Criminal background checks are woven into the fabric of senior housing employment practices: They ensure caregivers are fit for their positions, and ultimately protect the vulnerable resident population. But changes in the regulatory landscape may require some operators to adjust their hiring procedures.
For most senior housing types, operators are required by federal and state laws to conduct background checks for employees who perform direct patient care. These requirements apply to licensed communities, such as assisted living, memory care, skilled nursing and these components of continuing care retirement communities (CCRCs).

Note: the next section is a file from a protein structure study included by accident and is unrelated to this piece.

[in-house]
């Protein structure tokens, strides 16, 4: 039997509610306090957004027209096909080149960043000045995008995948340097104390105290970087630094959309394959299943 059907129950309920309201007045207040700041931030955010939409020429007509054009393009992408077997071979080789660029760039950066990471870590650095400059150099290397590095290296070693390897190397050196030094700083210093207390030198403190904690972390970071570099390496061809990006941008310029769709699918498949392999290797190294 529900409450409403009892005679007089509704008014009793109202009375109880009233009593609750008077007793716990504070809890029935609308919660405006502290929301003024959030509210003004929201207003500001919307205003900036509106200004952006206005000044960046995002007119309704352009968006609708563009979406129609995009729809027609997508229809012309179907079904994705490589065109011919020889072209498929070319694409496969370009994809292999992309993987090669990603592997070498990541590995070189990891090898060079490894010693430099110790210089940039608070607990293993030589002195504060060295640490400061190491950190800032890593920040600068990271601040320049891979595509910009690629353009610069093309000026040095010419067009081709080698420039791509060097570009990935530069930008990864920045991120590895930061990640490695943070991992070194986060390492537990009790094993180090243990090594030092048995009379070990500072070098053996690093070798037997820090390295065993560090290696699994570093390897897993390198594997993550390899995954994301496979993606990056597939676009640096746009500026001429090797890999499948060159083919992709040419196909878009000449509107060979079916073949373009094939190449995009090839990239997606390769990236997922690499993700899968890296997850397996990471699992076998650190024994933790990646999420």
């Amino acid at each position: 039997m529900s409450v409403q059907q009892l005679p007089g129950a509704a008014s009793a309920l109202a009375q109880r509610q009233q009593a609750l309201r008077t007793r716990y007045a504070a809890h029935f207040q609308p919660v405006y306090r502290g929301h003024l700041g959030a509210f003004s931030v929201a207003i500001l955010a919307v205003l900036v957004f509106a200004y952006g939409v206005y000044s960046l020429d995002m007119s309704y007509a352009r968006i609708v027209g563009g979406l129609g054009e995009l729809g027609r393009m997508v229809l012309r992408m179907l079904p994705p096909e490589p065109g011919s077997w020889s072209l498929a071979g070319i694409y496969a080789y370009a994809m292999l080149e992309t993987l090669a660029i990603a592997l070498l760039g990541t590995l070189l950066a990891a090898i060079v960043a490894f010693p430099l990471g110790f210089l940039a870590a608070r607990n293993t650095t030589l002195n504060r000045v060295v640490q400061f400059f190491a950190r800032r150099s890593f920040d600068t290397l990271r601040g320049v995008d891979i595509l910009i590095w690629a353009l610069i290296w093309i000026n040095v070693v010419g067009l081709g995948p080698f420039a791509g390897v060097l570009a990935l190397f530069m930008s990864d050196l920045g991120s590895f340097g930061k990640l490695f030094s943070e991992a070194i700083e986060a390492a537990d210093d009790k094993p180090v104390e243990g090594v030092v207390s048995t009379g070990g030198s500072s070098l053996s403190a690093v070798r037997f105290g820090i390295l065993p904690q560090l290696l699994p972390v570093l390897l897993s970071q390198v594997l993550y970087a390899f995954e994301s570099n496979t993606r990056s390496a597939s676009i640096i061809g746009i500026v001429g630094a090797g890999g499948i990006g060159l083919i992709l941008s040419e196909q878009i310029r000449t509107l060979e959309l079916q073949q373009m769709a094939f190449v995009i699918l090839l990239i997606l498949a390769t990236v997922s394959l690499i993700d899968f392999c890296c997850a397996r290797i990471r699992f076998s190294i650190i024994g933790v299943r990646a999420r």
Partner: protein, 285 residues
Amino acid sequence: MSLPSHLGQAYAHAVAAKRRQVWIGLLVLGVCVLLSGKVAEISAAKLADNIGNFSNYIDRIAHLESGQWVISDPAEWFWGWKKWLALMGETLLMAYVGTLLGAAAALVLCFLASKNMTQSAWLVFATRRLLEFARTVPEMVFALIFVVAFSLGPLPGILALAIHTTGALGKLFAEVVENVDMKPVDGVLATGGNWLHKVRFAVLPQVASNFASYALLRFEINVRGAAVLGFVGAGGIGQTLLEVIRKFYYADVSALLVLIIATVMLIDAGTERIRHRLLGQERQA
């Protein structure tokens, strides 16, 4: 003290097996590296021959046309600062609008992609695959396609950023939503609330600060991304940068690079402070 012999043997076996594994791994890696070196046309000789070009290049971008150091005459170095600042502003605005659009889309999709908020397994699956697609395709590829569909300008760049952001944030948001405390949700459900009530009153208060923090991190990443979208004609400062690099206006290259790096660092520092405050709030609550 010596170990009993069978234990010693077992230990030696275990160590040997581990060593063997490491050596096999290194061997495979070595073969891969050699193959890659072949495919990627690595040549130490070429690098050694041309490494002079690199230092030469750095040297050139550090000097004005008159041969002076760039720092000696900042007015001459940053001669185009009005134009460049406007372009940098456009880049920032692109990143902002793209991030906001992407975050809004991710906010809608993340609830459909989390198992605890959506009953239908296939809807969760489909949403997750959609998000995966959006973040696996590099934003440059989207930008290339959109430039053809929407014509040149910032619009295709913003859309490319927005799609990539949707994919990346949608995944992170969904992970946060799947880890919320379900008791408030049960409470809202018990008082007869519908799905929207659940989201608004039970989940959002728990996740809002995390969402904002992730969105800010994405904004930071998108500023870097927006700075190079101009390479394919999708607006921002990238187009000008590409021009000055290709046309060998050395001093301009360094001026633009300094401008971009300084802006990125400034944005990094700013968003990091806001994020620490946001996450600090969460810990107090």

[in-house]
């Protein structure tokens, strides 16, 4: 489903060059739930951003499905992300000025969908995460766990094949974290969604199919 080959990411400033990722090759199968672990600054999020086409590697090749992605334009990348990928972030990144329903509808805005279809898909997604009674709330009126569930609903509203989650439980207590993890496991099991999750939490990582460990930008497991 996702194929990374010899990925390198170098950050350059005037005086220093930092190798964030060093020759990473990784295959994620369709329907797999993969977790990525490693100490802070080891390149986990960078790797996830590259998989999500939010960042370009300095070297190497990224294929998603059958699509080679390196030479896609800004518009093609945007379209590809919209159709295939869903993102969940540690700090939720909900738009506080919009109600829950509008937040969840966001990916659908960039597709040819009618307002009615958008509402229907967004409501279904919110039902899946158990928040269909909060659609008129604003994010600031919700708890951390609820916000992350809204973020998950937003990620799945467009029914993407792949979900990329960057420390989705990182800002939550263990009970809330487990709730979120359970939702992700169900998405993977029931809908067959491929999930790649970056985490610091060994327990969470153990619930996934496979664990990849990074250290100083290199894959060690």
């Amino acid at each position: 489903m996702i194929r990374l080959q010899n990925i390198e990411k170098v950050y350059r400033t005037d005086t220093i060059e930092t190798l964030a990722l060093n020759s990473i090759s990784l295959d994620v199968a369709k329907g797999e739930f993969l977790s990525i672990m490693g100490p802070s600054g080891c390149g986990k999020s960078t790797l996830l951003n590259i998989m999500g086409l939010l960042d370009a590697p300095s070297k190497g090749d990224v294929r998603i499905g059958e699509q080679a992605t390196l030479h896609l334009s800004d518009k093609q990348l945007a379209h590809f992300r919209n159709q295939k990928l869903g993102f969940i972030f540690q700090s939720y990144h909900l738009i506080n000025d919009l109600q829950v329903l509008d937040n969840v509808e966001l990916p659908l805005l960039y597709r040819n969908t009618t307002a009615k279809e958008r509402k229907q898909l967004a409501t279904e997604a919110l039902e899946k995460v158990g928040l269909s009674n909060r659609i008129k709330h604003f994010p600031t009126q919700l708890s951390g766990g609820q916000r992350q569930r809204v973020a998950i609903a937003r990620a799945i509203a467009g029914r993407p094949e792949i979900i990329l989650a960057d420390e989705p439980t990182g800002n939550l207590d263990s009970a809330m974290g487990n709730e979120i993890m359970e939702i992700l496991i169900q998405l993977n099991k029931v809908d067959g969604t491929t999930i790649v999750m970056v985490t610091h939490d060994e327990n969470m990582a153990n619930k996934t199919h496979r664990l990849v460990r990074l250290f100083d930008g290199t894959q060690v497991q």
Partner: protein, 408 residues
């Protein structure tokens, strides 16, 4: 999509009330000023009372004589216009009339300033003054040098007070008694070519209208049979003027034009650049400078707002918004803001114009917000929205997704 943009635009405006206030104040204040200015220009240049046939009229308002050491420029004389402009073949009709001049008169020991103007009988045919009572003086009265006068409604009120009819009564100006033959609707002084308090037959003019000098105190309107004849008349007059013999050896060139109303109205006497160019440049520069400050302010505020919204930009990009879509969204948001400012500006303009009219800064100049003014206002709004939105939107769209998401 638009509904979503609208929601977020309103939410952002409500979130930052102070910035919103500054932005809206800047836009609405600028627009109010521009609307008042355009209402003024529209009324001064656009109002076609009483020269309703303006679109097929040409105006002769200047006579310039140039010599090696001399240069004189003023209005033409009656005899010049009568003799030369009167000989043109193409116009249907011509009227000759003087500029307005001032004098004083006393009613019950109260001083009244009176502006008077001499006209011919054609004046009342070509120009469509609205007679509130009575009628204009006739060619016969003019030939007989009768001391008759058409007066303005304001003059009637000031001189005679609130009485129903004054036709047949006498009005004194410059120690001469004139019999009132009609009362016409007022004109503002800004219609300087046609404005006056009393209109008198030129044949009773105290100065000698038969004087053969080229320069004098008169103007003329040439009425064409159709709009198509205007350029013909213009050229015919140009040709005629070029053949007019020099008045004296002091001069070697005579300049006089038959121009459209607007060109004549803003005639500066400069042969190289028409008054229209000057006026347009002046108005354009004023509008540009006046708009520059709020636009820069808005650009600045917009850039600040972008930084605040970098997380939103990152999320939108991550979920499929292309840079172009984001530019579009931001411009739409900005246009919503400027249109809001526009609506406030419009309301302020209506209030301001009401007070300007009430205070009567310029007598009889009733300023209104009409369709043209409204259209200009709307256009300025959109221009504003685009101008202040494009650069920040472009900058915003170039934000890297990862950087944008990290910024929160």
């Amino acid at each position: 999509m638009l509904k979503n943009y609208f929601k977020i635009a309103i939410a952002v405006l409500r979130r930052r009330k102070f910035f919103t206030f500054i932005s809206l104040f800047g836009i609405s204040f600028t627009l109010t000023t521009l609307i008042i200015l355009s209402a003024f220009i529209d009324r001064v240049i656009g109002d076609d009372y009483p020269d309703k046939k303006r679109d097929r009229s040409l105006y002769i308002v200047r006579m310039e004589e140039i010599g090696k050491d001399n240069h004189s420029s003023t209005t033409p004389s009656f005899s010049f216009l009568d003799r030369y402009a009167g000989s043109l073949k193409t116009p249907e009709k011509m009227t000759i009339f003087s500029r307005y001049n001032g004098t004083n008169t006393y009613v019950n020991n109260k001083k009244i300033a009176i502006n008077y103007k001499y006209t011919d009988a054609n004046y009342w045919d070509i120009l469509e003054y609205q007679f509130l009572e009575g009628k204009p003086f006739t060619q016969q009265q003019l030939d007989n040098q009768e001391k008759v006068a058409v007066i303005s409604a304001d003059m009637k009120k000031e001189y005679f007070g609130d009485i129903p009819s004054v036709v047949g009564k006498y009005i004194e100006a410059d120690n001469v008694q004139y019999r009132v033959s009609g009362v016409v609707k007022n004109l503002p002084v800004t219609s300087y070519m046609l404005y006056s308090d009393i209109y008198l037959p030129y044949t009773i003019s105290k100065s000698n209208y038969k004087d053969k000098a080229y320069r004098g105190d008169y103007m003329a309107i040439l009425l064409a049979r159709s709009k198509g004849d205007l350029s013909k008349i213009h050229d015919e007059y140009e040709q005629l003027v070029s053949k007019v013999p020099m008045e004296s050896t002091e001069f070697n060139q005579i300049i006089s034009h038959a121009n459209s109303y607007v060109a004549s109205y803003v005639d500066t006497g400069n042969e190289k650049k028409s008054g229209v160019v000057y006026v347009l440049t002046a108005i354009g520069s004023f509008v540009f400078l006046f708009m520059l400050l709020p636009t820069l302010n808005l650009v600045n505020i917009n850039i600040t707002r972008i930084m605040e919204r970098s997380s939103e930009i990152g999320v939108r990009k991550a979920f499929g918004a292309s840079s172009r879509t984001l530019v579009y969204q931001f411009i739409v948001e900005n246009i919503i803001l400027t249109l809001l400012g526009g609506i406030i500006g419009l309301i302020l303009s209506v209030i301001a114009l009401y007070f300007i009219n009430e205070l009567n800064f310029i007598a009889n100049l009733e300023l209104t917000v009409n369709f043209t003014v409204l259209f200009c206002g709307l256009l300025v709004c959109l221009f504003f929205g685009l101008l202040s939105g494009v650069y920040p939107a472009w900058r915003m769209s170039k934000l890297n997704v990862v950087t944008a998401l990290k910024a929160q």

However, a rising wave of new legislation may affect independent living operators, which don’t require licensing in most states.
“There’s been a lot of attention raised by civil rights groups getting employers away from asking about criminal backgrounds — that may come into direct conflict with senior housing providers’ hiring and retention policies,” says Tomek Koszylko, co-author of a recent special issue brief published by the American Seniors Housing Association (ASHA) and law firm Hanson Bridgett LLP.
Banning the box
Cities nationwide have passed “ban-the-box” laws that prohibit private employers from asking about an applicant’s criminal history in the initial stages of a job application. Because independent living is largely unlicensed and is not subject to federal laws requiring they conduct background checks, operators in some cities may find themselves having to abide by new restrictions.